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Italian-born/French-raised chanteuse Bruni has written a poignant record establishing her as an undeniably gorgeous new voice to American ears. With two previous records, heralded in her home of Europe, Bruni's current creation is her first English language album to hit US shores via Downtown records. Carla's fascination and appreciation of the language prompted her to make an album comprised of her favorite poems (from Emily Dickinson to WH Auden to William Butler Yeats), interpreting them into delicate and introspective songs. Profound, potent, and imbued with a delicate beauty.
"Come, let me sing into your ear," purrs Carla Bruni to open her second album, her French/Italian heritage betrayed in a pan-European accent that's as breathy and relaxing as a summer afternoon nap on the Riviera. Though the prospect of a former supermodel's career exploits is sometimes prettier than others (depends if you prefer the Project Runway pronouncements of Heidi Klum or the talk show/tabloid antics of Tyra Banks), Carla Bruni approaches music armed with something of a legitimate pedigree, both her parents having been musicians in their own right. Calling the album No Promises may reflect some intentional lowering of expectations for Bruni's experiment here, setting 11 reverently-chosen lyric poems by the likes of Emily Dickenson, W.B. Yeats, and Dorothy Parker to her own mellow, wispy music and pleasant voice. Where artists like Feist or Keren Ann use spare instrumentation and airy vocals to achieve delicacy and nuance, the compositions on No Promises seem to run together without much to distinguish one from another, and the result is neither offensive nor particularly inspirational. Maybe next time Carla Bruni will inject a little more fire into her belly and add some sparkle to her hushed soundscape. --Ben Heege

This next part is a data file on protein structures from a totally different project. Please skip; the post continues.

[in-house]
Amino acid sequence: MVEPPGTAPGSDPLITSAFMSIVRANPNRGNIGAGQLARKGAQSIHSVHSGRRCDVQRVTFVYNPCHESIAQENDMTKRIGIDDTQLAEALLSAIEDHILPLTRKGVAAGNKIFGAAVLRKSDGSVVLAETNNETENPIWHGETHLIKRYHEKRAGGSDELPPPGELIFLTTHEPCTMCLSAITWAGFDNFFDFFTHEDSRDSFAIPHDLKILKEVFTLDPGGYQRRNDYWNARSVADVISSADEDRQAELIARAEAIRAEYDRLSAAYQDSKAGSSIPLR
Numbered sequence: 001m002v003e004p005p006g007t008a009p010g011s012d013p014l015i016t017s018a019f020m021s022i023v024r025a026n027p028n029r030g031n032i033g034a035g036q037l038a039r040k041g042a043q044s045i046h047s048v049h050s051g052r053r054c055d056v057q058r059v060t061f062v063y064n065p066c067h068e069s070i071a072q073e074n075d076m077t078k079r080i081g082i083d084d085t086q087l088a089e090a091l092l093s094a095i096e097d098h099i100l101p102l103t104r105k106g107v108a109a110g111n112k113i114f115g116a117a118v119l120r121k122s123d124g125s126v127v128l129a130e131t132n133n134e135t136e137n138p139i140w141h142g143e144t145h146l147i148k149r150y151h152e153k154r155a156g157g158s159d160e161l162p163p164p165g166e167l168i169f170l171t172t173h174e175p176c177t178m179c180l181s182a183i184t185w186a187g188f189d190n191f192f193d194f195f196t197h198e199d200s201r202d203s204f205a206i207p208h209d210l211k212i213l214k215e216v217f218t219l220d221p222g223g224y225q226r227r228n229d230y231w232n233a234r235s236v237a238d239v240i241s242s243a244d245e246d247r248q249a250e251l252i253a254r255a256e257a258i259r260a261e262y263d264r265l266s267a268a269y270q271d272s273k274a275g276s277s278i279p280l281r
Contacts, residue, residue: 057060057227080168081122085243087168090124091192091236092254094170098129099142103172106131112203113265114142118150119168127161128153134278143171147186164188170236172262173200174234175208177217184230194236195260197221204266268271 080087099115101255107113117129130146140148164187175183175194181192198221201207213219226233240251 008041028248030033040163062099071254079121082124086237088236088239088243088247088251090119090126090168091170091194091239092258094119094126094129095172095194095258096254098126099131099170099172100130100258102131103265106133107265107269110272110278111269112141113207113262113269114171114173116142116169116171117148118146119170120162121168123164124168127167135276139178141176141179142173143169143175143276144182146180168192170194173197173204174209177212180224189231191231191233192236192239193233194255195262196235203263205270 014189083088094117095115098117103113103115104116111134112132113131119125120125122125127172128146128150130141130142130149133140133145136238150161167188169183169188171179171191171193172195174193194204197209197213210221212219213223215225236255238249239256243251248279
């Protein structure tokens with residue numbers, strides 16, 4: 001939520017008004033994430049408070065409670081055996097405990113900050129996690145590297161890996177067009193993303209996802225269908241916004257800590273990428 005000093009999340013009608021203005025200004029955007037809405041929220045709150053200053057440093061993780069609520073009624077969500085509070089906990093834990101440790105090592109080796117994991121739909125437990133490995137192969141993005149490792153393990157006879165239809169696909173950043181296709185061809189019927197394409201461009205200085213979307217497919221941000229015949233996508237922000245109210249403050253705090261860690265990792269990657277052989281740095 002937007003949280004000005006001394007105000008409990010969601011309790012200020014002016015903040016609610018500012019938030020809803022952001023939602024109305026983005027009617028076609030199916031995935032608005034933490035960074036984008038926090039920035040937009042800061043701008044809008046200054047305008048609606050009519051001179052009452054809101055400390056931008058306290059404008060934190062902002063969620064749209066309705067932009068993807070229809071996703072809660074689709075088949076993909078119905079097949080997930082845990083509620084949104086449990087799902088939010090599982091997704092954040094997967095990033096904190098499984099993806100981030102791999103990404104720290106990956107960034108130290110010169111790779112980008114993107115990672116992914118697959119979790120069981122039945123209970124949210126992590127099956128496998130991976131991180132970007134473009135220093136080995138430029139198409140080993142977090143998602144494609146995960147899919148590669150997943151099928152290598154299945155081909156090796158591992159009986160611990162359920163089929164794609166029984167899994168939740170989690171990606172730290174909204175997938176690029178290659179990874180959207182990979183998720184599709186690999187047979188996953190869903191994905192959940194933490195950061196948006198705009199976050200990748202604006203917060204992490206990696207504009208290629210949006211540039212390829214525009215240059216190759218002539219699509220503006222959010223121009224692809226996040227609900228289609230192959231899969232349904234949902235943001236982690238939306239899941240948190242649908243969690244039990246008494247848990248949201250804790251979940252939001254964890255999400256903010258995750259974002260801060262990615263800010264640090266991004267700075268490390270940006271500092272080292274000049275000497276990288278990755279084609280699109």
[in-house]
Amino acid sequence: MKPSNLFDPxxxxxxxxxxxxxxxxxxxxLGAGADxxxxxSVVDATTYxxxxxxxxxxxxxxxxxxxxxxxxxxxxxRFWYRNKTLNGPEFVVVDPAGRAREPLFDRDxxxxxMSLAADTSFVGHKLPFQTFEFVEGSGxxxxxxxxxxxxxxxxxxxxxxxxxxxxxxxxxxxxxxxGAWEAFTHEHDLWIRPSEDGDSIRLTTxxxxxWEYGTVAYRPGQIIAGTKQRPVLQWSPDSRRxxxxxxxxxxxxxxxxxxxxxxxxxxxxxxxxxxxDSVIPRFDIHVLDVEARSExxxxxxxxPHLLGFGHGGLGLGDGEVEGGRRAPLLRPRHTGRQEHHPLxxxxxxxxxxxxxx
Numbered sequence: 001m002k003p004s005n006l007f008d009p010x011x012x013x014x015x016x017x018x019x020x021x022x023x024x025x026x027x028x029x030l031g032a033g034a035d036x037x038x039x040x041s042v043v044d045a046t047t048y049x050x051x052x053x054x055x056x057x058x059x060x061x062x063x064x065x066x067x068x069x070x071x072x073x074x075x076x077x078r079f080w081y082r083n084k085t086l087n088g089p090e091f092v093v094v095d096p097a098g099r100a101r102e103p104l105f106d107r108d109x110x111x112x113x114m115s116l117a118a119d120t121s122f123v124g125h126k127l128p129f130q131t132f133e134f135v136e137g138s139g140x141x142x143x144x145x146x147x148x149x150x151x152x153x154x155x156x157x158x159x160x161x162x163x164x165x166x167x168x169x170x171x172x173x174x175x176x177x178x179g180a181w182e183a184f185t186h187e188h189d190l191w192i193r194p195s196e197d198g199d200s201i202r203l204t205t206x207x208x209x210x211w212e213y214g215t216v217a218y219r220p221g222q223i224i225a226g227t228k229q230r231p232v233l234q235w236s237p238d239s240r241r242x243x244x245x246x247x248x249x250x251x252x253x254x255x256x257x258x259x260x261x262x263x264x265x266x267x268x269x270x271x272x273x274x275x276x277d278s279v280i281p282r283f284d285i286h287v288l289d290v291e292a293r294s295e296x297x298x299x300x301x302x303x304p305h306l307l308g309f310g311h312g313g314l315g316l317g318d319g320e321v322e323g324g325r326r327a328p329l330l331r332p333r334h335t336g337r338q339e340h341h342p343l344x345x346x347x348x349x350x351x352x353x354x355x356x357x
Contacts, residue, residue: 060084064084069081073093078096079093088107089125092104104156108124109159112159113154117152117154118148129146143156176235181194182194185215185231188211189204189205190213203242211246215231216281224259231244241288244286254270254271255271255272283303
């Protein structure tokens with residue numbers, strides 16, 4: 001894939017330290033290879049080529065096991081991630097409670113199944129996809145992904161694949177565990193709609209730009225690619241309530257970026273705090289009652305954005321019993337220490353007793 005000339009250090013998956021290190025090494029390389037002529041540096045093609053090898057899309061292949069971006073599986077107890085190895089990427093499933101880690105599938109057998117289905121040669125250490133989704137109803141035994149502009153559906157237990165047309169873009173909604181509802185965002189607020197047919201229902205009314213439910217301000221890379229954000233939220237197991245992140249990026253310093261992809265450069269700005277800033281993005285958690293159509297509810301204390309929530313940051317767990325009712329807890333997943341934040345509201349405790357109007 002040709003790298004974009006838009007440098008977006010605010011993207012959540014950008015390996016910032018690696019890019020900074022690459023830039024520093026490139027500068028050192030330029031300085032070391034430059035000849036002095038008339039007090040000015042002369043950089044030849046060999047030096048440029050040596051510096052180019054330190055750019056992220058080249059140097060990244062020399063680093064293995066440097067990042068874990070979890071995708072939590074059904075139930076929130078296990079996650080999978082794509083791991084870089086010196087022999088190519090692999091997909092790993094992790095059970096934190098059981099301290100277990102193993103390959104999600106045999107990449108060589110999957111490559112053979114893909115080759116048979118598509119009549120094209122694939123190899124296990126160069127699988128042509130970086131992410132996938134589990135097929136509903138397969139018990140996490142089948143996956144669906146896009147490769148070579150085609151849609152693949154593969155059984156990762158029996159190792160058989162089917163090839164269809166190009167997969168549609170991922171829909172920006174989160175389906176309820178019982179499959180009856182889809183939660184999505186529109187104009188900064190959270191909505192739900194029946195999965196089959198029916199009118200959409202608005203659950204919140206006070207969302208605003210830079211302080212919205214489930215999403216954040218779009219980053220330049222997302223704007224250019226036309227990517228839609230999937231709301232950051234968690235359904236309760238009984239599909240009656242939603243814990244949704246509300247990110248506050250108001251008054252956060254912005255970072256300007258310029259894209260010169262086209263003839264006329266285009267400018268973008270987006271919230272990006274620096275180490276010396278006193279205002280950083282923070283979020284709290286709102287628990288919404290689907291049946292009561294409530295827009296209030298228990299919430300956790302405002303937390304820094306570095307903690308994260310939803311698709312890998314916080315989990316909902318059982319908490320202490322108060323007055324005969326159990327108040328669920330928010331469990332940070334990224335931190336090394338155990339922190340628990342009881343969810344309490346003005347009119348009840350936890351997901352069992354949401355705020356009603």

|1. Those Dancing Days Are Gone|
|2. Before the World Was Made|
|3. Lady Weeping at the Crossroads|
|4. I Felt My Life with Both My Hands|
|5. Promises Like Pie-Crust|
|7. If You Were Coming in the Fall|
|8. I Went to Heaven|
|10. Ballade at Thirty-Five|
|11. At Last the Secret Is Out|
Good tunes, beautiful voice - the sound is crisp and clear, but at the same time somewhat over processed as it it was mastered for earphones or small systems.Published 2 months ago by Thomas Nielsen
Most of the songs have English words in them mixed in with the French. The music is lite and enjoyable. I enjoyed the album and have created a Carla Bruni channel on Pandora. Read morePublished 14 months ago by Bwhami
These things never reached their destination, therefore it would be unfair to criticize its contents.
Would be very unfair ..
Sultry and exotic with a European flair!! If I can find more that are in English (this is but some of her other CD's are in french), I would get them!!Published on February 5, 2013 by patti mackay
The music was ok but for some reason I was expecting it in French. I have to figure out how to order in French.Published on September 29, 2010 by B. L. Crook
I'm not sure if it is possible to be too languid, but if it is then Carla Bruni must surely be the prime candidate of the genre. Read morePublished on February 11, 2010 by Lozarithm
Rich sound of acoustic guitars perfectly balanced with beautiful soft voice and touching melodies, this album is a great addition to Carla's first release (which is more gentle and... Read morePublished on August 3, 2009 by Eugene
"No Promises" is dynamite to me. I love all the songs, but I love Carla's sultry, sexy, intimate voice. She could sing the phone book and I'd buy it. Read morePublished on March 12, 2009 by Sean Patrick